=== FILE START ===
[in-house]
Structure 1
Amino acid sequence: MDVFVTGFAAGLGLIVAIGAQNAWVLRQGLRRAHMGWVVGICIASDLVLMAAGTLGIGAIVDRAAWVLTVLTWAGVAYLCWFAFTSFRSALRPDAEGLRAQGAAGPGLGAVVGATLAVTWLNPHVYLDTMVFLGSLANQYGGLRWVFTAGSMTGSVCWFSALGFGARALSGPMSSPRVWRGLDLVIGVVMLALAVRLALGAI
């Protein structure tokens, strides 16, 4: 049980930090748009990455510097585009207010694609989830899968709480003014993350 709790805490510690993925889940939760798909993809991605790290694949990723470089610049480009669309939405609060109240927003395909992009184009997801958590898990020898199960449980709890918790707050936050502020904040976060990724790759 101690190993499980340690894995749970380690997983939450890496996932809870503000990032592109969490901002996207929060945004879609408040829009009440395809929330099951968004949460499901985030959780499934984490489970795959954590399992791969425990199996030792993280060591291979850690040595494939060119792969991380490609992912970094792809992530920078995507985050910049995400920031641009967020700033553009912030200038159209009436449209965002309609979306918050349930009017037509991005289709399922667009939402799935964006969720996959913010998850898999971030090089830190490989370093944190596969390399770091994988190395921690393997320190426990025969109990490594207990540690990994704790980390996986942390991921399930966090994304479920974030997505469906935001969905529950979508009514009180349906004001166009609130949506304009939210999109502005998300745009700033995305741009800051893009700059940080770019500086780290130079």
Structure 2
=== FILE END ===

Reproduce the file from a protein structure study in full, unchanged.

[in-house]
Structure 1
Amino acid sequence: MDVFVTGFAAGLGLIVAIGAQNAWVLRQGLRRAHMGWVVGICIASDLVLMAAGTLGIGAIVDRAAWVLTVLTWAGVAYLCWFAFTSFRSALRPDAEGLRAQGAAGPGLGAVVGATLAVTWLNPHVYLDTMVFLGSLANQYGGLRWVFTAGSMTGSVCWFSALGFGARALSGPMSSPRVWRGLDLVIGVVMLALAVRLALGAI
């Protein structure tokens, strides 16, 4: 049980930090748009990455510097585009207010694609989830899968709480003014993350 709790805490510690993925889940939760798909993809991605790290694949990723470089610049480009669309939405609060109240927003395909992009184009997801958590898990020898199960449980709890918790707050936050502020904040976060990724790759 101690190993499980340690894995749970380690997983939450890496996932809870503000990032592109969490901002996207929060945004879609408040829009009440395809929330099951968004949460499901985030959780499934984490489970795959954590399992791969425990199996030792993280060591291979850690040595494939060119792969991380490609992912970094792809992530920078995507985050910049995400920031641009967020700033553009912030200038159209009436449209965002309609979306918050349930009017037509991005289709399922667009939402799935964006969720996959913010998850898999971030090089830190490989370093944190596969390399770091994988190395921690393997320190426990025969109990490594207990540690990994704790980390996986942390991921399930966090994304479920974030997505469906935001969905529950979508009514009180349906004001166009609130949506304009939210999109502005998300745009700033995305741009800051893009700059940080770019500086780290130079």
Structure 2